I recently posted this on my Facebook account. One of the proudest moments of my life was when Don Palmer told my father that I was one of his favourite students.
I studied 4 years of jazz saxophone at Dalhousie University and Don Palmer was my saxophone professor. He was a Canadian jazz legend and I was lucky to spend a formative part of my life with him. Sadly, he passed away last month.
I’ll never forget the first time I met him at my audition for university music. I was an enthusiastic high school kid who loved music, but in the grand scheme of things, I wasn’t very good. I realized very quickly at the audition that I was in over my head. Here’s how it worked. They call you in a big room and you perform for 3 professors. It felt like a scene from a movie. The room was much too big for only 4 people. The profs are sitting behind a table and don’t say much. When it’s over, they tell you that you’ll get a letter in the mail to let you know if you were accepted. It was terrifying and didn’t go very well. It wasn’t a train wreck, but I left there not feeling good about it. Later, Don would tell me in my 4th year that he remembered my audition and how bad it was. He told me the other two profs didn’t want to accept me but he disagreed. He said to them, “There’s something in this kid. I can work with him,” and he convinced the others to admit me. It was the first of several times Don stood up for me.
On my first day of university, I could only name a handful of standards. I had a good ear and a decent grip on theory but that was it. My knowledge of jazz was beyond green and I wasn’t remotely skilled enough on the instrument to be there. I quickly realized I was in a sink or swim situation. Don was my life jacket. He saw something in me that I didn’t know was there. I was clueless and he opened up an entire new world to a young kid from Cape Breton who was excited about rock and roll, and fiddle music. That first day we started with Bye Bye Blackbird and by the end of my 4th year, I was excited about transcribing Charlie Parker solos.
He would give me a kick in the ass when I was slacking and not putting in enough effort. He also gave me a hug when I developed symptoms of what turned out to be Crohn’s disease and I was struggling. He knew what I needed, when I needed it.
Most of his students would tell you they learned as much about life from Don as they did music. The first thing I learned from him was how serious you have to take your craft. It was the first time I had worked with someone who was at a world class level. He was 63 years old when we met and he was still practicing for many hours a day. He never stopped learning and trying to improve. It was clear to me that you don’t get to be elite without a ton of work.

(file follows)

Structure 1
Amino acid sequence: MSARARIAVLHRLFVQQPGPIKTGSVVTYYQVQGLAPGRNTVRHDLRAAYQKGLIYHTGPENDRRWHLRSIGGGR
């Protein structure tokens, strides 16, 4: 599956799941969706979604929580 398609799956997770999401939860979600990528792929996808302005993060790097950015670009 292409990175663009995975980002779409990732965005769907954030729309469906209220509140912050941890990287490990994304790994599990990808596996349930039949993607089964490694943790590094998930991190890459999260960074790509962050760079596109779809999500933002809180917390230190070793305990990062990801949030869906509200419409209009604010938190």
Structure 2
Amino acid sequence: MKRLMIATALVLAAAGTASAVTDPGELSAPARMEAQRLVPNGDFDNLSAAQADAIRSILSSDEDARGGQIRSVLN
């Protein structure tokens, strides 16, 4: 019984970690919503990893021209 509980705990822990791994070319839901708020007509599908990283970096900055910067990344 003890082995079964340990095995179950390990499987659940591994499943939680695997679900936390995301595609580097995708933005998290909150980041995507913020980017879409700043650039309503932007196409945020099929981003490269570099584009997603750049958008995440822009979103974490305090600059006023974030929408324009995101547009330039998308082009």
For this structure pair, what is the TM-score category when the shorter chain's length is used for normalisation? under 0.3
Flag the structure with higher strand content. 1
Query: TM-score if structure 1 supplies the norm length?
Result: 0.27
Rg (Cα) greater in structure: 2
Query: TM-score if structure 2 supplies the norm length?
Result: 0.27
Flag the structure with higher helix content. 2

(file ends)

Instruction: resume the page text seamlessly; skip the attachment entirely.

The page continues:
I always felt like we connected in a unique way. He instantly knew how to get through to me. Early on, he was trying to get me to play with a more full sound. I’d be playing and he’d say, “Louder! Belt it out!” At the end of the lesson I asked him what I should focus on that week and he said, “Here’s your homework.” He grabbed a pen and paper and wrote over the entire sheet, “BLOW THE !@#$ING HORN.” We both laughed. Message received, Don.
Don’s stories about living in New York in the 60’s and 70’s were incredible. He played with many of the all time greats. I could throw any name at him and he’d have the best story. I’d say “Did you ever work with Sinatra?” He said, “No, but I was playing in a restaurant once and he was there having dinner. Later he came up to me with 4 of the most beautiful women you ever saw and told me I sounded good. Then he left the restaurant with the 4 women and got in a limo.” One time I asked, “Did you ever play Carnegie Hall?” He replied, “Oh yeah, a few times. One time I played there with Englebert Humperdinck. He was an asshole. The band hated him. After the show me and another guy in the band were outside the stage door having a smoke and dozens of women waiting for him so we opened the door and let them in and said, “Go get the bastard.”
I figured out that he would tell me stories that he wouldn’t tell other students. Maybe we got along so well because he was also from Cape Breton. He impacted the lives of thousands of students over his career and I was lucky to be one of them. He took a liking to me and I’m a much better person because of it. I’m not sure I respected anyone as much as Don Palmer, so when he told my father that I was one of his favourite students, that meant everything to me.
He leaves a huge legacy. Thanks Don.